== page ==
It’s been six months since I went on Mike Fisher’s British Association of Anger Management (BAAM) course. Six months since I sat in a room with six strangers and revealed proudly to the world, I get angry and I’m here to do something about it.
I remember it well.
Mike Fisher has been running weekend workshops for over 17 years and has averaged out to have helped a 1000 people deal with their anger, for every year doing it.
I love Will Storr’s description of anger, which he wrote for the Observer newspaper having been on Mike’s weekend course in 2007.
“I can feel my rage. It collects in the centre of my throat. It’s like I’ve swallowed a cannonball and it makes me want to scream. I am brimful of anger, and when it sloshes out, it does so in the only direction it’s allowed to – at inanimate objects. I shout at keys I can’t find, at carrots I drop on the kitchen floor, at doors I stub my toe on. Last week I called a spilled glass of elderflower cordial a cunt.”
There are six ways we express our anger; intimidation, interrogation, poor me, distancing, winding up and blunder bussing. I’m a bit of everything when I get angry. I’m a big man who looks scary in an aggressive, ‘I can kill you’ stance. I’m good at machine-gun spraying questions, while being a victim the next moment. I often walk away from situations having dropped an anger grenade in the room, leaving its victims to clear up the emotional mess.
When I’m angry at seeing my shadow face to face, I often take the mickey, and shake off my cruel remarks as a joke, and tell the recipient not to take it seriously. Though last but not least, my anger is best released as blunderbuss. ‘He’s like a bear with a sore head,’ my partner would say politely, while in private, complain I have tantrums like a 3-year-old, cursing, slamming, banging, cussing and swearing about the house.
What’s wrong with Shouting?
As a kid I used to shout when my sister stole my bike or broke my toys. It was what I did to vent my fury at having a horrible sibling. My mum never checked me for it, except to say to the people at the receiving end, “Let it go through one ear and out of the other and ignore him!”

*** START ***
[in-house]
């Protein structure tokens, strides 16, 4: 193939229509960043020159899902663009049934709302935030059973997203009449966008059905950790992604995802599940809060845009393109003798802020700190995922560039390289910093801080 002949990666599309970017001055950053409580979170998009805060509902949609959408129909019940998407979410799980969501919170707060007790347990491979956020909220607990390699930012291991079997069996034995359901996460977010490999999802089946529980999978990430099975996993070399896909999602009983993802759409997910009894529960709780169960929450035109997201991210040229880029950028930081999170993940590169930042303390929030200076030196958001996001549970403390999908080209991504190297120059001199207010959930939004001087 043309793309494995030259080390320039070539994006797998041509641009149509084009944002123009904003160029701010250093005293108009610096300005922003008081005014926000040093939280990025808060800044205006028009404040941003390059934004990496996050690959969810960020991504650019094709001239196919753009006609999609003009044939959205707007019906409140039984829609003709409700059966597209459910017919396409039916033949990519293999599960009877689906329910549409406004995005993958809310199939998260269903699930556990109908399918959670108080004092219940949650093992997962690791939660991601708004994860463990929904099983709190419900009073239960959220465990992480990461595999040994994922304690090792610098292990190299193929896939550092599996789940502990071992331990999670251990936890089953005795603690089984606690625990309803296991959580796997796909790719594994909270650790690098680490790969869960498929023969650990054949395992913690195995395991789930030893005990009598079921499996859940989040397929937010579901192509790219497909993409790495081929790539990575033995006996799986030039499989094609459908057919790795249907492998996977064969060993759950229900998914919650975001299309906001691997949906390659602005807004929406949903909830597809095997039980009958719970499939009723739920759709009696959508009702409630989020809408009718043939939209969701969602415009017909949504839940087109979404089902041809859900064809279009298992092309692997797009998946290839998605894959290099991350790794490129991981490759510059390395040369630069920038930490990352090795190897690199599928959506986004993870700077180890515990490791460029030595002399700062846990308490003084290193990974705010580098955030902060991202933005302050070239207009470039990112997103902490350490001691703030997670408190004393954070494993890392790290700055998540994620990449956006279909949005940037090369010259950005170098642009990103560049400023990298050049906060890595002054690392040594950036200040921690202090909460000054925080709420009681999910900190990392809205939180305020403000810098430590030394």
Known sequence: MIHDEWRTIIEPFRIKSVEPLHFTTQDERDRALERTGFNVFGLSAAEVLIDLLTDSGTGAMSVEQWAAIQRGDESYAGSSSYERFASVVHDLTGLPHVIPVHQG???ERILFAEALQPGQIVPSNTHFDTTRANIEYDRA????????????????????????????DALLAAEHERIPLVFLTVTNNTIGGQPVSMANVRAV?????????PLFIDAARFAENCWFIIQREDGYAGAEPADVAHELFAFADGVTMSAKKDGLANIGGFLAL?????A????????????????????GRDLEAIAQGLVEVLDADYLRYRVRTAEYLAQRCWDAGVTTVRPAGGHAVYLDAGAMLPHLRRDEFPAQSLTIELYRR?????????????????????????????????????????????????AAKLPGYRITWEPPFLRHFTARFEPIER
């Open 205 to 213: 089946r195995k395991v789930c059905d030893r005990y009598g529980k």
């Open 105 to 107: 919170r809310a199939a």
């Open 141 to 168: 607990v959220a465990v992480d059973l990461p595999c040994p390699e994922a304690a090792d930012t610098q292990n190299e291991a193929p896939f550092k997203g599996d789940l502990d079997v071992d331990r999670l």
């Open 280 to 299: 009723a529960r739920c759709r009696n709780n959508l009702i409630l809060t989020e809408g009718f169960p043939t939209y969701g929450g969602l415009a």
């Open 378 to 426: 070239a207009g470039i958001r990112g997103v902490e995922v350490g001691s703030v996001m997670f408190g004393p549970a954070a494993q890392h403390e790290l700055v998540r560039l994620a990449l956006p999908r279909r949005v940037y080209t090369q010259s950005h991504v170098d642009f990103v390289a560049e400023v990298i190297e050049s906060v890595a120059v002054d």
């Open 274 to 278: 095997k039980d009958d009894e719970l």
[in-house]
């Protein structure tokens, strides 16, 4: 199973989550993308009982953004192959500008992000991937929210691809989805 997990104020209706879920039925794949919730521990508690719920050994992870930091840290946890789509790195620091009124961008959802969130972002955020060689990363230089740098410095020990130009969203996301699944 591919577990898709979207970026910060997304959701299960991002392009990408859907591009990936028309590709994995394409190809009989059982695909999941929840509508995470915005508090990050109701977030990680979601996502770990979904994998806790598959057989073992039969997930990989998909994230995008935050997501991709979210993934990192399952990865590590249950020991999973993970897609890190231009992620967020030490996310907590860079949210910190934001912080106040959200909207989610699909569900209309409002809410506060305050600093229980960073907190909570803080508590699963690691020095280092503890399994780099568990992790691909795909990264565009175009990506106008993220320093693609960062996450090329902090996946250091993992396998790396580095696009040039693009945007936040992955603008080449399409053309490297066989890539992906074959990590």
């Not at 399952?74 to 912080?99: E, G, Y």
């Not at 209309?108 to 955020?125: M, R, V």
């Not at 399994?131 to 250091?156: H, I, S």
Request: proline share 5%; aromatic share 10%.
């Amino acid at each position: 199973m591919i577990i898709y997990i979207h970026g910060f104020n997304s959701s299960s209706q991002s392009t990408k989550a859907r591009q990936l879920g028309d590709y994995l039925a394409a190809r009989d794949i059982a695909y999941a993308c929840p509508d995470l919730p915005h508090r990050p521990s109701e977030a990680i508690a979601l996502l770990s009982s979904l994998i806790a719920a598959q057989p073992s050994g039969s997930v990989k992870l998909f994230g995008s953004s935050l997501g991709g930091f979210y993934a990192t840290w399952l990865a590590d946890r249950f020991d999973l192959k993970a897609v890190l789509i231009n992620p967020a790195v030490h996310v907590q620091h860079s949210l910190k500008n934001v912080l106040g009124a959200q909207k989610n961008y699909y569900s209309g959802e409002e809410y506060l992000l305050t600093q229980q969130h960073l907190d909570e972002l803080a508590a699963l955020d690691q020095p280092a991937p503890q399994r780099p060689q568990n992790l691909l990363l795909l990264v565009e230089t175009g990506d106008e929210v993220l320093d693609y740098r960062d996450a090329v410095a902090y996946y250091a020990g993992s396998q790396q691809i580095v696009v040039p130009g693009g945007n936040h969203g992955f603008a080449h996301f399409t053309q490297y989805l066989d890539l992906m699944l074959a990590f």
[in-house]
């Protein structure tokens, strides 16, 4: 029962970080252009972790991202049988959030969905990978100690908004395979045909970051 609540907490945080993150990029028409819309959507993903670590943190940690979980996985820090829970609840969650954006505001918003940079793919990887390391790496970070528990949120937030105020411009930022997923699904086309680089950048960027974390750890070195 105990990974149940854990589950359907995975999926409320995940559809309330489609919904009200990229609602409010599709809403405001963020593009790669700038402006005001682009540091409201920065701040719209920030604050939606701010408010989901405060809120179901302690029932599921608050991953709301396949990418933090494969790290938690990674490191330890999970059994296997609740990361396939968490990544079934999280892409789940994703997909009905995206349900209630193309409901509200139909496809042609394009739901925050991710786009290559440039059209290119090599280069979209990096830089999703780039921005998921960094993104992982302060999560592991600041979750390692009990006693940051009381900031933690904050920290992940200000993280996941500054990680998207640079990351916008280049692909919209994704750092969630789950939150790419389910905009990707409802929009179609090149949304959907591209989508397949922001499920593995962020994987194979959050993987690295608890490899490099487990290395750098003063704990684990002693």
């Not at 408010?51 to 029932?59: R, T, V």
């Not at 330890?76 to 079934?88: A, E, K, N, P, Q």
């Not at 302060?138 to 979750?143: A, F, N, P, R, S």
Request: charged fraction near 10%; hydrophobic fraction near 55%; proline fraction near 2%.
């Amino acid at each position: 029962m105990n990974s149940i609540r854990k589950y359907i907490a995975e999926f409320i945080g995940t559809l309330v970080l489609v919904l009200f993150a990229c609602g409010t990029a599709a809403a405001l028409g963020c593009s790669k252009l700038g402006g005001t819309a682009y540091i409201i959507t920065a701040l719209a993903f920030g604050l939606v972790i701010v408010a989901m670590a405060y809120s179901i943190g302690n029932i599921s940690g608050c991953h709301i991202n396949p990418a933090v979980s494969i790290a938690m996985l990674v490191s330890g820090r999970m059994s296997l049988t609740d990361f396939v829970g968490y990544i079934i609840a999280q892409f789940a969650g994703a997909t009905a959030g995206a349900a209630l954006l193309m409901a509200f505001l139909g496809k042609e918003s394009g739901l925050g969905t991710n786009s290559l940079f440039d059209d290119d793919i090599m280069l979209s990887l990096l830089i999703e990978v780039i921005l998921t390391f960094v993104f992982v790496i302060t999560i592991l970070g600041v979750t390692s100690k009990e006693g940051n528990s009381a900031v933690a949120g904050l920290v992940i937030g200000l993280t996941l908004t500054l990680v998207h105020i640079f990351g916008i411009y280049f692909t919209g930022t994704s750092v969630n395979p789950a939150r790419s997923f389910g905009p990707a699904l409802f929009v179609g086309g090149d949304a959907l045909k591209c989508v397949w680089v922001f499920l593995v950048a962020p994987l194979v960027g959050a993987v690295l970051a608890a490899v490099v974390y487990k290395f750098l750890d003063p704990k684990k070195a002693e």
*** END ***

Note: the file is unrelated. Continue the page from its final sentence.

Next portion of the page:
I was brought up to think shouting was an acceptable way to express anger and I carried it onto adulthood, as any child would. 30 years later, with kids, a partner and pets, I’ve come to realise it isn’t.
My partner hates me shouting, but I justify doing it, by blaming her for making me angry by telling me to stop shouting in the first place. It’s a catch 22 situation. I’ve been shouting all my life to express my anger and now I have to stop? How do you break a habit of a lifetime? Though my partner would say I’m missing the point. The big question remains, why am I angry?
Over to Mike Fisher.
“Anger is the symptom and shame is the cause. Everyone here suffers from what I call “toxic shame”. Shamers feel like they have been somehow cursed, that they’re not like other people. They think, “I am flawed and defective as a human being”, and, ‘If you really knew me, you wouldn’t like me.”‘
As Will Storr wrote from his own experience, “I’m concentrating all my efforts on trying not to cry,” as I can testify at having grown men either side of me break down in tears during a Mike Fisher weekend workshop. I was close to tears myself.
“We avoid facing our own shame,” Mike continues, “by using such behaviours as perfectionism; control; resentment; criticism and blame; moralising; self-contempt and contempt for others; patronising; envy; indifference. Each of these behaviours focuses on another person and takes the heat off us. You need to practise what I call “radical authenticity”. You need to accept that the authentic self is often not very nice. But by accepting your shadow-self you’re accepting your humanity.
The Jungian concept of ‘Shadow-Selves’.